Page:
Adaptive just intonation

From Xenharmonic Wiki
(Redirected from Adaptive JI)
Jump to: navigation, search

Adaptive Just Intonation (or short Adaptive JI) is an approach to tuning that employs predefined musical intervals as frequency ratios over a floating tonal center that is defined by the most recent context.


In an adaptive JI context, any given moment during a piece of music has a reference pitch to which the rest of the music is compared.

For example, take a song in the key of A major with a basic cadence of I - IV - V7 - I. Traditionally, the chords would be A - D - E7 - A, spelled A C# E, D F# A, E G# B D, and then again A C# E. Although the key of the cadence is always A, the reference pitch for each chord in the cadence is different.

If we further define JI intervals in this example as:

  • Major Second: 9:8
  • Major Third: 5:4
  • Perfect Fourth: 4:3
  • Perfect Fifth: 3:2
  • Dominant Seventh: 9:5

Then the D in the IV chord is 4:3 with respect to A, which was the tonic of the chord immediately proceeding it. The E in the E7 chord is the same whether defined relative to the proceeding D chord (9:8 relative to D) or referencing back to the original tonal center of A (because 3:2 is the same as 9:8 of 4:3), but the D in the E7 chord is 9:5 relative to the E (9:5 of 3:2 is 27:20 compared to the original A), which is different than the D in the proceeding D major chord (which was 4:3 compared to the original A).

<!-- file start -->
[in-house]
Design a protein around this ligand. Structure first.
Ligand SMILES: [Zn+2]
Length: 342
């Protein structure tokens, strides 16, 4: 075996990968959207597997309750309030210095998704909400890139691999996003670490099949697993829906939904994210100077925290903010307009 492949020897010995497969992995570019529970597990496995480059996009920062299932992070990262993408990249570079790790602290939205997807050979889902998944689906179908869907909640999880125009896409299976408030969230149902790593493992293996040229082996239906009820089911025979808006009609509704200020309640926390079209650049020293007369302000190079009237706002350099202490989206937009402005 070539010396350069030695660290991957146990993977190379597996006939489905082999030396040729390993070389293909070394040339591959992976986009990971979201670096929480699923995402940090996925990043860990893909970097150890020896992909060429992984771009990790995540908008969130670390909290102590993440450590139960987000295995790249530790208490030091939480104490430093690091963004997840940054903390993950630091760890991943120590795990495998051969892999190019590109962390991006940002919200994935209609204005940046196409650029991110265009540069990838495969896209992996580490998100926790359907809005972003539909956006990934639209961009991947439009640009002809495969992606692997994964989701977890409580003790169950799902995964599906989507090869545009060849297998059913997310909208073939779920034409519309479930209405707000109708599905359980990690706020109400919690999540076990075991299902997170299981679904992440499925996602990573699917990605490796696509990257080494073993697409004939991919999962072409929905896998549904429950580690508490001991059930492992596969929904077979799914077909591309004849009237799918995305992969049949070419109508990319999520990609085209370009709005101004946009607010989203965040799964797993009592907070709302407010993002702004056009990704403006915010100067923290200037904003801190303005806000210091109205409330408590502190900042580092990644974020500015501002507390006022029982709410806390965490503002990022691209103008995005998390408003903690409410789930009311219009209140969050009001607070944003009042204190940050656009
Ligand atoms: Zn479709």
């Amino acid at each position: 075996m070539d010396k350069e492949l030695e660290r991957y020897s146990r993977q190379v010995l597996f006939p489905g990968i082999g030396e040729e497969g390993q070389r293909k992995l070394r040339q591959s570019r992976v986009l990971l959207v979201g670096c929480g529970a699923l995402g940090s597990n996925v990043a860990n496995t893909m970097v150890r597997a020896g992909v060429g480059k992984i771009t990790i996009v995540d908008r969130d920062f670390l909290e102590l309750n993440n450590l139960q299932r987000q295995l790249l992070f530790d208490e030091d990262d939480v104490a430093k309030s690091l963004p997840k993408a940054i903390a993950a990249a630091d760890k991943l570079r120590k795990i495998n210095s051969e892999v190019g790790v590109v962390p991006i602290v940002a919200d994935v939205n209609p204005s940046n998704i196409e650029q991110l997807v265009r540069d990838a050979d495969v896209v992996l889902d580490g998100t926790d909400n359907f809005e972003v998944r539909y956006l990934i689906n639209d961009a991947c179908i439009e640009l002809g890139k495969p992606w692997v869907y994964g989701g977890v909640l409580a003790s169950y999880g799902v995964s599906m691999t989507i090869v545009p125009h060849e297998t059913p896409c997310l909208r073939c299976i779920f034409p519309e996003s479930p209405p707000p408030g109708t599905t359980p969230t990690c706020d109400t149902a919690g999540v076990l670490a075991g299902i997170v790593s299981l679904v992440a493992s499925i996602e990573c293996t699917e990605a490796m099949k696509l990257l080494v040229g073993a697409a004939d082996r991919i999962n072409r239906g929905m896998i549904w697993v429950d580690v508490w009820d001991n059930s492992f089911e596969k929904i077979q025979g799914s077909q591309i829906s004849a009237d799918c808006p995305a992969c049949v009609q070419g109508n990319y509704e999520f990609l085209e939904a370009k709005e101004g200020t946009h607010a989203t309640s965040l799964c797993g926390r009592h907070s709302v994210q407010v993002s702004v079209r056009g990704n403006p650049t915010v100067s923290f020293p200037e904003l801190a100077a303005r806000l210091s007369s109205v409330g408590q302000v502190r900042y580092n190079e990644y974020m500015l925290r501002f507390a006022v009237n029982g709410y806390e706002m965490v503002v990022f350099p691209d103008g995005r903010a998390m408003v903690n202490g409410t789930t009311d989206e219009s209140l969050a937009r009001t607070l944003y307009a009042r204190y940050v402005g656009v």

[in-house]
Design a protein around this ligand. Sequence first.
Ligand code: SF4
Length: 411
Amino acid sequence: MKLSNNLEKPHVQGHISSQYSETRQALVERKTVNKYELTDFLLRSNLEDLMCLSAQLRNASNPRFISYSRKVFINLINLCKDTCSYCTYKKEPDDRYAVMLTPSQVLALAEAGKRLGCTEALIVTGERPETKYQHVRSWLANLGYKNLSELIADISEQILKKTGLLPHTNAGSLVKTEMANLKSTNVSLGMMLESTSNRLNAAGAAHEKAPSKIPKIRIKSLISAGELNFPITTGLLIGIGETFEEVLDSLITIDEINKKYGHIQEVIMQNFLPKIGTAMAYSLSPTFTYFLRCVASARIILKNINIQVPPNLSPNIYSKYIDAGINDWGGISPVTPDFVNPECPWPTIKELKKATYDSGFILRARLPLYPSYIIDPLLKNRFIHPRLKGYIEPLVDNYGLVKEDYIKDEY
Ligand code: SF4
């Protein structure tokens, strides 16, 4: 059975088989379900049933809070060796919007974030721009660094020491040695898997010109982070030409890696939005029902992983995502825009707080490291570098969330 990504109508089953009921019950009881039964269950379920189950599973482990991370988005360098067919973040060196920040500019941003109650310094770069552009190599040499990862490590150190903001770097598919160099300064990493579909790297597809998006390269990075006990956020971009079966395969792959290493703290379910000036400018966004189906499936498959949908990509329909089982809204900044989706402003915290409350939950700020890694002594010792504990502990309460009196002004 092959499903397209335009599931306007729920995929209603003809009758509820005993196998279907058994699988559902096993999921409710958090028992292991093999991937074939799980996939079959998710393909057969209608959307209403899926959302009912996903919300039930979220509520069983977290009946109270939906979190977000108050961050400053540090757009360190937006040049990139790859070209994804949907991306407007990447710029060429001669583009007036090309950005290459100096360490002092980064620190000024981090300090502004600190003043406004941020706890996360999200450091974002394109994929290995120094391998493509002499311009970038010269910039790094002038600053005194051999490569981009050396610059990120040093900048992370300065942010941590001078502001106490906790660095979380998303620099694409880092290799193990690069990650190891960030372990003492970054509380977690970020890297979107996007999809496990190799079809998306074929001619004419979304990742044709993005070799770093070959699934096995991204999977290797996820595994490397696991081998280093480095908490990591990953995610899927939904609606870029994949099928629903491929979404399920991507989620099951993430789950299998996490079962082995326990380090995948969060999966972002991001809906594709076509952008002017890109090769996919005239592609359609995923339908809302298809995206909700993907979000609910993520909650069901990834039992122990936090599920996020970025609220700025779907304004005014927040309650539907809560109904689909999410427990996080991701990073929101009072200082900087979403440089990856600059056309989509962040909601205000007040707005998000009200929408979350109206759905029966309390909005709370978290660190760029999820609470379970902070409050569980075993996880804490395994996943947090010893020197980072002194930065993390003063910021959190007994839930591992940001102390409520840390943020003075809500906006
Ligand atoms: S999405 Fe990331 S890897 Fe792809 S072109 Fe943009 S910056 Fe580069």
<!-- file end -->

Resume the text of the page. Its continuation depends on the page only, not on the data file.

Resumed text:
• Mutabor Windows, Linux and Mac OS X. Uses its own programming language to describe pitches, (re)tunings and reactions to events.
  • alt-tuner PCs, macs and Linux/Wine. DAW plug-in (requires REAPER) that retunes almost every midi keyboard or softsynth.
  • L'il Miss' Scale Oven OS X application. Has a proprietary dynamic retuning system called Nuscale.
  • TonesInTune Add-in to Microsoft Excel (x32 & composition only). Re-introduces dynamic intonation, a key feature of most acoustic music instruments.
  • Hermode tuning Algorithm/feature embedded in 3rd party applications. Tunes only the fifths and thirds of electronic instruments dynamically in real time.


External links